One of the best ways to make contact with the Present moment for the purposes of writing is deciding to operate on chance.
Letting external factors decide how and what one writes is great practice in abandoning ego and stopping the false attempt at control. (Trying to control outcome is one of the greatest traps a struggling writer faces. This attempt at control typically takes the form of trying to be perfect on-the-spot, as though an audience were physically present as we write: basically, editing as we compose. As I have argued in other posts, virtually the only thing we can control as we write is our relation to the Present moment--how mindful we are of the circumstances of writing.)
Working with chance can be done on the phrase level and also on the larger structural level.
It can be used for practice--for developing the "muscle" of acceptance, the one which mindfully observes what arises in the moment, embraces constant change in our writing condition, and quiets the constant urge to judge and sort our written production.
Operating by chance as a writer can also open up whole new angles of vision, critical thinking, and imagination.
Chance can also be used to find whole new texts to write.
Here are two exercises I have done with my students.
Exercise in Chance #1:
This one can be used to develop intrapersonal voice--specifically, a voice tinged with metaphor and the blending of the senses. It's a good one for creative writing.
Make a list of 25 or so one-word abstractions on the right side of a page or screen. By "abstraction," I mean words such as "optimism," "faith," "patriotism," "fear"--things which can't be directly experienced through the senses. Concepts.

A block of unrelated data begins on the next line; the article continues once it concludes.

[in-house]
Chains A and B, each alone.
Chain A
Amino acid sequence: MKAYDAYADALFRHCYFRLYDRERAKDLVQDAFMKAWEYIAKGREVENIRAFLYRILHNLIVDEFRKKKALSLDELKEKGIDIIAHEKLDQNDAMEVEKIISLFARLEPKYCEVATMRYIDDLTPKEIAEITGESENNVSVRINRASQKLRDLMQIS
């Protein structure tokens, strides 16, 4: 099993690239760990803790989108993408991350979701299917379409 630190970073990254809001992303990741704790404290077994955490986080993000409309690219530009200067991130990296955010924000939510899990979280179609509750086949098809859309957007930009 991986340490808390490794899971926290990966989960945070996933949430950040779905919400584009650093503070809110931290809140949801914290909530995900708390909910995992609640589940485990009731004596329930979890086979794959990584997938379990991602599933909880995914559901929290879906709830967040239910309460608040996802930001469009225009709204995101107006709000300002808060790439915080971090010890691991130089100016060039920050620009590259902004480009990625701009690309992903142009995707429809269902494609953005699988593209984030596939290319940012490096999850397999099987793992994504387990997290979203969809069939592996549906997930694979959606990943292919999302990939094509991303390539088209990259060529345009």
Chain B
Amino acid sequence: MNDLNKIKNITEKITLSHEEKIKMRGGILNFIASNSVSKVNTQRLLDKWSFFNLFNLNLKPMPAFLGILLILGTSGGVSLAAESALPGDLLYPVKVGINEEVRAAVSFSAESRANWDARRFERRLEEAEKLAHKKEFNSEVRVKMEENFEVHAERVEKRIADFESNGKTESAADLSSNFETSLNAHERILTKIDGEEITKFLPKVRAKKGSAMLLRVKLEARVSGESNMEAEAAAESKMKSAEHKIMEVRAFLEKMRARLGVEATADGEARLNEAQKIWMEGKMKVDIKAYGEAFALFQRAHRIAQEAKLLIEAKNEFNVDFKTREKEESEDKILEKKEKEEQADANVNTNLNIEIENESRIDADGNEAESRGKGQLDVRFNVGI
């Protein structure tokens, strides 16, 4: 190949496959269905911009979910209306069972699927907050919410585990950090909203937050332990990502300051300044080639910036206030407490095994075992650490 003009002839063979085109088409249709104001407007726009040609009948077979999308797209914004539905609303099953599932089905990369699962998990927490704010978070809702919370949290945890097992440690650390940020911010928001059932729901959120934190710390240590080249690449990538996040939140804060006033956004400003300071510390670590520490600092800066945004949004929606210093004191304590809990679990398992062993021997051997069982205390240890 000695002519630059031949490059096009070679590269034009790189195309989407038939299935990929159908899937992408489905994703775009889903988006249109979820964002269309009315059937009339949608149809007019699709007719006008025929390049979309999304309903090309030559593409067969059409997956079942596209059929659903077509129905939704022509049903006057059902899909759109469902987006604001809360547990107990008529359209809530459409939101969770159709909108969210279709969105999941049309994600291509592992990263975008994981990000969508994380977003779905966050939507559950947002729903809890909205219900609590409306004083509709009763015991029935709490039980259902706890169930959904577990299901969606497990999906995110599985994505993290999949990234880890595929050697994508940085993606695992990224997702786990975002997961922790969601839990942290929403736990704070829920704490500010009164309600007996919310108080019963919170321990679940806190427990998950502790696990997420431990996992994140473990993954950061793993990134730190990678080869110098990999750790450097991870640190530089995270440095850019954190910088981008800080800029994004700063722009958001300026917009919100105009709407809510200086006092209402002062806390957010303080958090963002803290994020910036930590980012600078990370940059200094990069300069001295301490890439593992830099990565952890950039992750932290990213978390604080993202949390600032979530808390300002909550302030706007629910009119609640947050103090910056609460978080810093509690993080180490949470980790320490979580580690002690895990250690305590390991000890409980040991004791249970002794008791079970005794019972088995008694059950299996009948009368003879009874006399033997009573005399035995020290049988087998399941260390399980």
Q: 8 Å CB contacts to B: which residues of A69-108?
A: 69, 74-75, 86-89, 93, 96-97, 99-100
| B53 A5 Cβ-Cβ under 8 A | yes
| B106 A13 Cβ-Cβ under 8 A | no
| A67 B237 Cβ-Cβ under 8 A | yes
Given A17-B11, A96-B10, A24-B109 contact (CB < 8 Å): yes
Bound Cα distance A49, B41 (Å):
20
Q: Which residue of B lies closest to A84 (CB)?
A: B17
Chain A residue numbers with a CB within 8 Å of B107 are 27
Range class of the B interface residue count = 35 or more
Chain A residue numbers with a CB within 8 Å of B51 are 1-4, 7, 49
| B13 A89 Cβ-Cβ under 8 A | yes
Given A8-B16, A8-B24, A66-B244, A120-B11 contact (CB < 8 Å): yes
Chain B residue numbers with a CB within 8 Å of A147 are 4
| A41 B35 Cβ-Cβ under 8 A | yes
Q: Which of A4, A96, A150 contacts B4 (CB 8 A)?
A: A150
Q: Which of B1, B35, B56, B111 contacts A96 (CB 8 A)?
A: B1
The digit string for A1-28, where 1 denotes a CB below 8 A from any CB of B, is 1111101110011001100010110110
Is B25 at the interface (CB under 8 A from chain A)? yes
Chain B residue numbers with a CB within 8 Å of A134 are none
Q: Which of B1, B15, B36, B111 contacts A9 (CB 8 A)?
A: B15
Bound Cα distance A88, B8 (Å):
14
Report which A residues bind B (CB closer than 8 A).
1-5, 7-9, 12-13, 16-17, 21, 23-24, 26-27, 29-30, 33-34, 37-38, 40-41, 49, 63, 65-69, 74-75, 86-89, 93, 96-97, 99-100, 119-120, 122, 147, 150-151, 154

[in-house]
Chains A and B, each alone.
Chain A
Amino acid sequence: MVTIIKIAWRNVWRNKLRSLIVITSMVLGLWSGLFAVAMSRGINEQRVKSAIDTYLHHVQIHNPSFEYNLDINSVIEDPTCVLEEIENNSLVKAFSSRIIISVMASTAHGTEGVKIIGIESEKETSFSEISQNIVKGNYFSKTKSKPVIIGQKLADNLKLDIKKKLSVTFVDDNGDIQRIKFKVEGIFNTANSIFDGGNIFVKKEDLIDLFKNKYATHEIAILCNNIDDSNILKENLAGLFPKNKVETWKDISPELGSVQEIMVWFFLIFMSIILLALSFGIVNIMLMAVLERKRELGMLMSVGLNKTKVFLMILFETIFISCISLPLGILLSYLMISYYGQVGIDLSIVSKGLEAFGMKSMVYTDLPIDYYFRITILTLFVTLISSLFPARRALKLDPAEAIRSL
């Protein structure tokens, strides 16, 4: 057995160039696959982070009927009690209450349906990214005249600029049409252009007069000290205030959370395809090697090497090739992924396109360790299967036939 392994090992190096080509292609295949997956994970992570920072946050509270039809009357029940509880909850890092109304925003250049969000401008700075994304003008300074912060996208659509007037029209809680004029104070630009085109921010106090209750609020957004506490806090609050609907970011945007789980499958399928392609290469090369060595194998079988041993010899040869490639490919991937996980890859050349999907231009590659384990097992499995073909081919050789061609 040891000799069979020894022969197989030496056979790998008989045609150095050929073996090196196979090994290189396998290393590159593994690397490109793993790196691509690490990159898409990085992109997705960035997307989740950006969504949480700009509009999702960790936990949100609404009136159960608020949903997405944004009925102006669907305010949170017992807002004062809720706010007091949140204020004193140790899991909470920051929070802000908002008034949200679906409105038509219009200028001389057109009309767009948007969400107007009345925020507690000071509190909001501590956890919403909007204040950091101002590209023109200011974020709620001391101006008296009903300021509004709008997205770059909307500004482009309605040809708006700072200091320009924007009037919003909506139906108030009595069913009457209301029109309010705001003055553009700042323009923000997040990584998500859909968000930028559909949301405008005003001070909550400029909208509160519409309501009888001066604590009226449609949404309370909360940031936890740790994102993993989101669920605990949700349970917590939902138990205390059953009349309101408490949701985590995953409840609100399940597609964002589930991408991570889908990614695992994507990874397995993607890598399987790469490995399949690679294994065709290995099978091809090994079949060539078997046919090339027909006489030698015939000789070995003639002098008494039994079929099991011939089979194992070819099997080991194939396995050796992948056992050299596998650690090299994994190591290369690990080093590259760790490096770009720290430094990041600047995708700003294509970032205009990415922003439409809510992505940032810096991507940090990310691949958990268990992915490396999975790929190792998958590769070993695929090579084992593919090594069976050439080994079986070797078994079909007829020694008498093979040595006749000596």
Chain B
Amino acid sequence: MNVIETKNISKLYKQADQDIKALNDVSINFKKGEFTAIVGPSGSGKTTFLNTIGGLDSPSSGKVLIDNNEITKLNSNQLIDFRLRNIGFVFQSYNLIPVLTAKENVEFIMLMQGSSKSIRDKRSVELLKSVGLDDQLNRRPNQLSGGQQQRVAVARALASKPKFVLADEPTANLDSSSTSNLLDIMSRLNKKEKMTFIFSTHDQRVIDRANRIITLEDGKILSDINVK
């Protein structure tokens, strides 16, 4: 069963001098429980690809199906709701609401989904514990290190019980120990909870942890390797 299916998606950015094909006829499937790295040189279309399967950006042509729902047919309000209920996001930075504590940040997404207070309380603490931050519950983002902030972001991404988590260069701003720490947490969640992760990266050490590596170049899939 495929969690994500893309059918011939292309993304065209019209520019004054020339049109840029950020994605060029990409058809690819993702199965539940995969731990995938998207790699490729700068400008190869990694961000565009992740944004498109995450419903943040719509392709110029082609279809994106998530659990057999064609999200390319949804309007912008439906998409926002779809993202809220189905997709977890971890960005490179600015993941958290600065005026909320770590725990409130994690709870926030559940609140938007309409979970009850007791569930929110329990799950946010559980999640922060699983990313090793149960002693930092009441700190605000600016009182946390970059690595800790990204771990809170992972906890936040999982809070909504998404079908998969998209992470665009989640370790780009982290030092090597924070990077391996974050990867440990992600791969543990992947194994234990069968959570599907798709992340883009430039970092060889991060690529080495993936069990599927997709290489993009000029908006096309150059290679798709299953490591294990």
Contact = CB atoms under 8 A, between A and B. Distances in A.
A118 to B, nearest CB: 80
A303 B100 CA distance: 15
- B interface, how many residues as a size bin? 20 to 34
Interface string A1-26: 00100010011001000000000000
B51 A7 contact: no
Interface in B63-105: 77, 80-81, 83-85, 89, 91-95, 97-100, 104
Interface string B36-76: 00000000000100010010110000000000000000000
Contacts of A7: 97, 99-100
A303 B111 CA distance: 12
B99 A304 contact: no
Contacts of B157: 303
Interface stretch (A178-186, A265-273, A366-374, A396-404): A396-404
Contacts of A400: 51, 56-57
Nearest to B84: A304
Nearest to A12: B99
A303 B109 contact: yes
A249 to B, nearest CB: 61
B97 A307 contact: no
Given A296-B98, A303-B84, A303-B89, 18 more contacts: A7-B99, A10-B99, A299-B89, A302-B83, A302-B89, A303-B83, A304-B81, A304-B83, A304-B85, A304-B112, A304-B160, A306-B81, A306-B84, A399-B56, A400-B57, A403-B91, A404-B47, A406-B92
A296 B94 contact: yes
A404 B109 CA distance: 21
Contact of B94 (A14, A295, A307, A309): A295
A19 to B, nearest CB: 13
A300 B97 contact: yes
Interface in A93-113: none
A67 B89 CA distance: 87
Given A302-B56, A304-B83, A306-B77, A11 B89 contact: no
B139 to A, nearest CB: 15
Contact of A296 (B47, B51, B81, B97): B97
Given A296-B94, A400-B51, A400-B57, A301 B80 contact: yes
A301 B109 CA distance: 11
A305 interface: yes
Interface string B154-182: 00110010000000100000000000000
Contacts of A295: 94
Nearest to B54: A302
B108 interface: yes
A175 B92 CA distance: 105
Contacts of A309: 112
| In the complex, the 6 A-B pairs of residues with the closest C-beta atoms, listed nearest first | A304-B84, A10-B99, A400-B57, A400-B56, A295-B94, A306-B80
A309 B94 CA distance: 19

Then make a second list of 25 adjectives on the left side of the page or screen. Try for as varied adjectives as possible: "scrambled," "hairy," "aquamarine," "repentant," and so forth.
Then randomly (without looking or predetermining) poke your finger at both columns and start writing down the pairs you obtain: "scrambled fear," etc.
Spend a few minutes freewriting or developing a poem around your favorite Adjective-Abstraction combination.
Exercise in Chance #2:
This one is good for larger macro structure matters. It should be used on a document in progress.
In a large envelope, put 25 or so phrases for various structural acts concerning writing. For instance: "Use a long sentence," "Define a term," "Write a paragraph based around an image," or "Use repetition in some way in your next 5 sentences."
As you write or even revise a longer draft, pull phrases from the envelope and, of course, follow whatever the phrases ask.
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